We cannot get correct conclusions starting from false assumptions. The very first members of the Church among them Joseph Smith himself, when they get the Book of Mormon, the book indicated to them that the descendents of Laman were the ones remaining here, after all the other descendents of Lehi were destroyed, and also when they had had in their hands the plates from where they translated the book, they concluded that ALL the original inhabitants of the continent were the descendents of Laman. However, the Book of Mormon does not affirm such assumption, and we have to remember that we want to prove that the Book of Mormon is true, not if the members of the Church are wrong. Those members did not have at the moment the knowledge, neither they needed to know the origin of other people living in the continent. The Book of Mormon deals just with a certain specific people, not with all the other. The starting assumption then was false, and the DNA researchers knew it, therefore knowing this, their experiments were under their specific agenda, meaning trying to prove the falsehood of the book not to find the truth.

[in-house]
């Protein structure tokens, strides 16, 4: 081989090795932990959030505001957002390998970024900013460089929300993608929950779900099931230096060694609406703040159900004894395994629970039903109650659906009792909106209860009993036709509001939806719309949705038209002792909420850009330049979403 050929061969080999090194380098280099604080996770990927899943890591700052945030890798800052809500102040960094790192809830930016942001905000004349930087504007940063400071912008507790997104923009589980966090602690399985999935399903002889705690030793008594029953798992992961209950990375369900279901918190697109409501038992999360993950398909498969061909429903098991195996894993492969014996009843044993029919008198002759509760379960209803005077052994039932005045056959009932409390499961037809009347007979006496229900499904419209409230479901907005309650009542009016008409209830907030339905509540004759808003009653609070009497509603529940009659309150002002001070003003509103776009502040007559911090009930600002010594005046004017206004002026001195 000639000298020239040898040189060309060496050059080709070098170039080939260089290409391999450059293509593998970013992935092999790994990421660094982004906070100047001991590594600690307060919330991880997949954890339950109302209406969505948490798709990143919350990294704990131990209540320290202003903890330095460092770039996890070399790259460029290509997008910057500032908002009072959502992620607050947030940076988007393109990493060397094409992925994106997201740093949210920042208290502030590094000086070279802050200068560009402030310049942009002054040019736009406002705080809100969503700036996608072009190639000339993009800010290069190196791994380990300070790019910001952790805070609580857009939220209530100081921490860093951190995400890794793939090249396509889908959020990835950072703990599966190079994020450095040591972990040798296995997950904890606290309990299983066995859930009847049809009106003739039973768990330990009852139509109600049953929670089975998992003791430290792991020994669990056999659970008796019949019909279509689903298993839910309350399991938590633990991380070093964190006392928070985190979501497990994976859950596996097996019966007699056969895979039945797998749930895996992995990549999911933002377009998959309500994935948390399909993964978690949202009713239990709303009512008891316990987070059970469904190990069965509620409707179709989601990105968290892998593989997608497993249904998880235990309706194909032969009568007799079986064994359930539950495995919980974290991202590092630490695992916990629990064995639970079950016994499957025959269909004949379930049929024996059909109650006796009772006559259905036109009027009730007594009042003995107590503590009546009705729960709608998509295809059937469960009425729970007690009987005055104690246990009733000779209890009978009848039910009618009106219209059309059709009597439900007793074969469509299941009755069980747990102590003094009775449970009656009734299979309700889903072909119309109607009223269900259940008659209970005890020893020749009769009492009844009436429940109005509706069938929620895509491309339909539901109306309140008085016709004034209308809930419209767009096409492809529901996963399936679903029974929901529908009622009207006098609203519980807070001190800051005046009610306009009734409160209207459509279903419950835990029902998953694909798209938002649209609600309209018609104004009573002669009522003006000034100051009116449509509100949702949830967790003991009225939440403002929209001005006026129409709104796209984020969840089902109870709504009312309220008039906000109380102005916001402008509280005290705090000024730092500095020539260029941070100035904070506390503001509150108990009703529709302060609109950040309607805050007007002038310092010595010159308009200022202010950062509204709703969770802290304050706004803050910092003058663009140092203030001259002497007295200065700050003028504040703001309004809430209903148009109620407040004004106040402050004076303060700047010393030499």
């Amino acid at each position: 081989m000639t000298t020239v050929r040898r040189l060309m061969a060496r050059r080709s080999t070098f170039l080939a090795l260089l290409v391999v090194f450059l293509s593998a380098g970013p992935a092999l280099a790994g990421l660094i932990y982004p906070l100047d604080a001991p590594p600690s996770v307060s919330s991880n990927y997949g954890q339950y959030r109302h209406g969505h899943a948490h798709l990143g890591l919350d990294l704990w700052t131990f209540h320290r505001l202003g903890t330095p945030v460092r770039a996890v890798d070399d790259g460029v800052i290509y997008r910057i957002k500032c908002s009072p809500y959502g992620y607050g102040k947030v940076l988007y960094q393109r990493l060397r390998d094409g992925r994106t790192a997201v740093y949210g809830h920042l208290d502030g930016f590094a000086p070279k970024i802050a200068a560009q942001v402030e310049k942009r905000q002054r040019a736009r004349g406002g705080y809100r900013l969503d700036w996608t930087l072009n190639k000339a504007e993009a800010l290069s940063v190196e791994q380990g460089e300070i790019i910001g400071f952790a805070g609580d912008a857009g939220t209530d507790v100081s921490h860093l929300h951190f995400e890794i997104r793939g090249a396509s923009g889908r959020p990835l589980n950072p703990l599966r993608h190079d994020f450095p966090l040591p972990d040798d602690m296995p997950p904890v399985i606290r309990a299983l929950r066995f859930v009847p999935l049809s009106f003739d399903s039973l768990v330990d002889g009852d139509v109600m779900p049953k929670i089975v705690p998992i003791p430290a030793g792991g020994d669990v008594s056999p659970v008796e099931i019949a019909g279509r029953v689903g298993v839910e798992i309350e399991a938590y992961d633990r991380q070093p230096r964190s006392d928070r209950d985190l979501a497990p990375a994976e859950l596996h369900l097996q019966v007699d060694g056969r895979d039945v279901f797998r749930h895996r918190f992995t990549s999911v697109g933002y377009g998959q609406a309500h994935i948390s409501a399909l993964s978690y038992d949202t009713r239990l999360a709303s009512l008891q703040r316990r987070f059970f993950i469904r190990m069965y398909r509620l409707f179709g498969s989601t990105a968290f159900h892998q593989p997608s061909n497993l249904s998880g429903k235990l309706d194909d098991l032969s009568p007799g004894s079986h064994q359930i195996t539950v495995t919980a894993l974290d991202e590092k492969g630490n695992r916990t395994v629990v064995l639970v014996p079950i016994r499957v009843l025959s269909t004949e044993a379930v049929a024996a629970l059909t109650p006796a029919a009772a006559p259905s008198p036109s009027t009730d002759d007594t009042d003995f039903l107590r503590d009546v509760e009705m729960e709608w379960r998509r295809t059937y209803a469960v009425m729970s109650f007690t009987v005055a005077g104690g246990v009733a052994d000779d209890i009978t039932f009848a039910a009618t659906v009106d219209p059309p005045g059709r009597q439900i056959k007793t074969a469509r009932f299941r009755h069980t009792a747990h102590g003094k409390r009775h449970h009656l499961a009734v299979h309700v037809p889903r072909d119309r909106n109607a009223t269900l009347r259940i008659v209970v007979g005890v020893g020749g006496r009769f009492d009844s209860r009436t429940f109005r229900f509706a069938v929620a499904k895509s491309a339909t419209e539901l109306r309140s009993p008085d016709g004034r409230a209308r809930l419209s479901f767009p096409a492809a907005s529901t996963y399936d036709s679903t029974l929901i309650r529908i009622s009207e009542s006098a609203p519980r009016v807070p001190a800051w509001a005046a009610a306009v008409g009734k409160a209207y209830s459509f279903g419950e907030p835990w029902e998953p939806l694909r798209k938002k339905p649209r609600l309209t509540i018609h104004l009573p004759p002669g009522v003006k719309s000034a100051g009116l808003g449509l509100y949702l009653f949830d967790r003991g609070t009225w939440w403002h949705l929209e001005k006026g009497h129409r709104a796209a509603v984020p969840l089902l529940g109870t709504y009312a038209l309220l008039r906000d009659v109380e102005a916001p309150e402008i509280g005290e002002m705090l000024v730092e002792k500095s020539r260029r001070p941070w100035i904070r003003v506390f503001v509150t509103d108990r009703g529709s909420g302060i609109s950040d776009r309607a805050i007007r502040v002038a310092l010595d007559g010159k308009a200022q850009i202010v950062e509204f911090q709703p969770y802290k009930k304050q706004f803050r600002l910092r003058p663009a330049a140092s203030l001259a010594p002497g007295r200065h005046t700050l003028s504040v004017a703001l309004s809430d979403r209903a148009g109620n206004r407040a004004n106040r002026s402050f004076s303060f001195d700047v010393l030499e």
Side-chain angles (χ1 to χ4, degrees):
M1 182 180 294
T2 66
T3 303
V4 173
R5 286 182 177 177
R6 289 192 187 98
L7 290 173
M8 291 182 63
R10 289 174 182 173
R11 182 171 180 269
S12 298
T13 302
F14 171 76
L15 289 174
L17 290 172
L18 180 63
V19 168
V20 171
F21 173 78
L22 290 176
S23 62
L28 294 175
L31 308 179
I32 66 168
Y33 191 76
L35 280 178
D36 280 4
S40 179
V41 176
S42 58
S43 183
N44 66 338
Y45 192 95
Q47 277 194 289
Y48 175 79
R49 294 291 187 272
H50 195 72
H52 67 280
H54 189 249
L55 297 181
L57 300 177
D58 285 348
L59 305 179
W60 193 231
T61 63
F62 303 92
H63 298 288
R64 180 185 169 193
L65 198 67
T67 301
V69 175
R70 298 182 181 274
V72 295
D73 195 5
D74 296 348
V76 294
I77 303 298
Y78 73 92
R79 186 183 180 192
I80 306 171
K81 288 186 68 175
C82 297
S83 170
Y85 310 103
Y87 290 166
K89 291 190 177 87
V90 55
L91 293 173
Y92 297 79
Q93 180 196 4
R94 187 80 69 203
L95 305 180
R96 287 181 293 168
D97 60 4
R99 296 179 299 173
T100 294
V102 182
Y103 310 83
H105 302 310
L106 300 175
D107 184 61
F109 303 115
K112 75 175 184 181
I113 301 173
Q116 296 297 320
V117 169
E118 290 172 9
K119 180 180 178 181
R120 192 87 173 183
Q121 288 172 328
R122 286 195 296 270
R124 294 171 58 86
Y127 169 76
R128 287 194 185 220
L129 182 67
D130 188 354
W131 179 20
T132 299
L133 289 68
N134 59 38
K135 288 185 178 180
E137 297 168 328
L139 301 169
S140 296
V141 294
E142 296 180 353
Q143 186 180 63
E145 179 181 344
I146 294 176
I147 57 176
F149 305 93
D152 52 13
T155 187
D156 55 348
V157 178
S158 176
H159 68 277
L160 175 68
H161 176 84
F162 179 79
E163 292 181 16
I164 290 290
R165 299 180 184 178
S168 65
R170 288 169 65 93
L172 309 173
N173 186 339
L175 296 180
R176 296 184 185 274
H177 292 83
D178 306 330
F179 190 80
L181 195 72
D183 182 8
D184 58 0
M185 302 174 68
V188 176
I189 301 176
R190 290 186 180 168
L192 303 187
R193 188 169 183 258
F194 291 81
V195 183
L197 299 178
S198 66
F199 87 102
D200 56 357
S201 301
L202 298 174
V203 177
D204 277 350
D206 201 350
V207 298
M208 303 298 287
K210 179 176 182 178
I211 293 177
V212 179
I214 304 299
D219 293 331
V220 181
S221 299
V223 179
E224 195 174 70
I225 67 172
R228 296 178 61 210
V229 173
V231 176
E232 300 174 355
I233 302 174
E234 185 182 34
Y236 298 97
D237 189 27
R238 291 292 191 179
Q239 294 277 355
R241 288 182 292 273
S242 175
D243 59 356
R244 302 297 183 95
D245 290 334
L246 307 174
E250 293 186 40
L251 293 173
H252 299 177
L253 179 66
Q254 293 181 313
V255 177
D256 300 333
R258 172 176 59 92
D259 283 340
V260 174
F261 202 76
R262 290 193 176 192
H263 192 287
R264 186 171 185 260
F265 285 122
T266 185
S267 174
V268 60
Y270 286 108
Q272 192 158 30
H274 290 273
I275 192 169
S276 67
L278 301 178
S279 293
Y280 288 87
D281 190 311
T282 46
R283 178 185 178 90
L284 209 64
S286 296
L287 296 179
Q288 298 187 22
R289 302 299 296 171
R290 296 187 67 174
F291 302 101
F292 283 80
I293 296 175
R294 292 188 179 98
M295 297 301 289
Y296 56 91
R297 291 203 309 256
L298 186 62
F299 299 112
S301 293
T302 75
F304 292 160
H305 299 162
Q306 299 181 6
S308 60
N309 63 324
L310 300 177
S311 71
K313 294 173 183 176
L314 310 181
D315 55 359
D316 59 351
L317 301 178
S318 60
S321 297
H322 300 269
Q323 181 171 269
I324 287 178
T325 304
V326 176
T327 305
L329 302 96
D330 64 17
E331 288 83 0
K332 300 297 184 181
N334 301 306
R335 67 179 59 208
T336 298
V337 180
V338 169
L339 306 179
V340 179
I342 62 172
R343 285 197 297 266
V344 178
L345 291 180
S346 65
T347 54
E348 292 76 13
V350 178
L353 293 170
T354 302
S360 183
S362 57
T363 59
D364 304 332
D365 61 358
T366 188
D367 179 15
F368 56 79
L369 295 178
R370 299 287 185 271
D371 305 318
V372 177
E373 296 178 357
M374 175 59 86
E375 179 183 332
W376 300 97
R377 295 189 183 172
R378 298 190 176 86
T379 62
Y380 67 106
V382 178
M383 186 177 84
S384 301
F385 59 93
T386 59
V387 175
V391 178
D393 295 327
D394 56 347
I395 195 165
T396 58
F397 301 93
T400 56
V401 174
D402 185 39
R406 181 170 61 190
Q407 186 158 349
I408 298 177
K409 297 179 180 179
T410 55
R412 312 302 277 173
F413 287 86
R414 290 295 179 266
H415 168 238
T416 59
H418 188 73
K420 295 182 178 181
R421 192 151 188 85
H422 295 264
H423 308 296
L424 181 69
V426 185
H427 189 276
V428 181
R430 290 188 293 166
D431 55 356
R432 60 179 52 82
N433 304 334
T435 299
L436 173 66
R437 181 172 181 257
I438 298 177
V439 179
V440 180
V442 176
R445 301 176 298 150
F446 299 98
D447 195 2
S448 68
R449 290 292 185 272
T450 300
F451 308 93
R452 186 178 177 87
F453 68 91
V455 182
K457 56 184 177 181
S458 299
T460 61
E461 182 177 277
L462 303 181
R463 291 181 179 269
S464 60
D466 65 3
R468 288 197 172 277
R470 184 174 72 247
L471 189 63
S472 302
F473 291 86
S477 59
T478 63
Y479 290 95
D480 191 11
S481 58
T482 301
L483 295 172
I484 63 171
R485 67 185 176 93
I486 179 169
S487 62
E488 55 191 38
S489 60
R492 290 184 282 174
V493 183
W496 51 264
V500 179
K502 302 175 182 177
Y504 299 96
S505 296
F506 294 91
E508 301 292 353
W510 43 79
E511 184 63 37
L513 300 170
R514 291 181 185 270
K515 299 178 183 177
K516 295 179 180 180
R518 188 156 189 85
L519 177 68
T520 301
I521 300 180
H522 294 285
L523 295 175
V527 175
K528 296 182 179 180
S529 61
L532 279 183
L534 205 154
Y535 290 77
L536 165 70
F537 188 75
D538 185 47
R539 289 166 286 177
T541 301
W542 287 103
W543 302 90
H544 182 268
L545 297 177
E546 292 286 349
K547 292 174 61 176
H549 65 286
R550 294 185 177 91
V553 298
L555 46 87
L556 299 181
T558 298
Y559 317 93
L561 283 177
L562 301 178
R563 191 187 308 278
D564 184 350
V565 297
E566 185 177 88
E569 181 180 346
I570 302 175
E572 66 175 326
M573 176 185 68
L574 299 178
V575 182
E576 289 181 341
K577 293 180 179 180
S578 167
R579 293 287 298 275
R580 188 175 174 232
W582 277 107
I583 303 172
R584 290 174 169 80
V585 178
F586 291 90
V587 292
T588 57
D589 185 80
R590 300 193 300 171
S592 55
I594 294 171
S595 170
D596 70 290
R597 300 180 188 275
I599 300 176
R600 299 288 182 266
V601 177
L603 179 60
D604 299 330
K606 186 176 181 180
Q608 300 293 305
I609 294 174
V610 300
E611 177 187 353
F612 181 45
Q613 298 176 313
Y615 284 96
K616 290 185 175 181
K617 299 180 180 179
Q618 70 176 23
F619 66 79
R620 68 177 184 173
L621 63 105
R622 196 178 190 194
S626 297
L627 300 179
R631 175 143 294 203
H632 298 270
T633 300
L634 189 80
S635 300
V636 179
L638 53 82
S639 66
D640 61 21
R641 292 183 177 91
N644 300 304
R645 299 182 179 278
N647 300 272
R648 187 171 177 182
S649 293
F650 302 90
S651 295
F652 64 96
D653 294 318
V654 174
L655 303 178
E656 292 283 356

The Book of Mormon encompasses a period of one thousand years about people that started with Lehi and his sons and Ishmael and his daughters. Just six men, the sons of Lehi and from them came ALL the Lamanites and Nephites of the Book of Mormon. The rest of the inhabitants of the American continent necessarily should be by far more numerous than the “remanent” of the Lehi descendents. This is obvious for several reasons. First the ones who were here first, came thousands of years before and we should assume continued coming for more years. Second, it is evident from the Book of Mormon that in those one thousand years of its history, AT LEAST two thirds of ALL the Lehi descendents were destroyed, since four of the Lehi’s sons were the fathers of the Nephites while only two were the ones giving birth to the Lamanites. Of course there may be many variables, but I am just using the data available. But nevertheless, they were fighting constantly among them and in the final war, the Nephites were exterminated, but many of the Lamanites also perished. From here we have to assume that the proportion of ALL the original inhabitants of the American continent versus the Lamanites should be tremendously more than the former. We do not know this proportion, although it can be calculated. We can assume for the sake of our discussion that the proportion may be 90+% versus around less than 1% (of course I do not have the data to affirm this but it is my conclusion with the information I have, and I accept that I may be wrong). With this data it is clear that they cannot perform experiments to prove that the Book of Mormon is true using samples of DNA coming from the original general population and trying to show in them the Hebrew DNA. What they are going to find there, is Asian originated DNA. The only way to find out the truth is if they have samples coming from people that we can affirm with some degree of certainty that they are the descendents described in the Book of Mormon. On the other hand if they tried to prove the negative hypothesis that the original inhabitants of the land are not Lehi’s descendents, this is very easy, get ten, one hundred or one thousand samples from the wrong people (pinto beans) and since they are not going to have the Hebrew DNA their conclusion is that the book is false. What is false is their conclusion.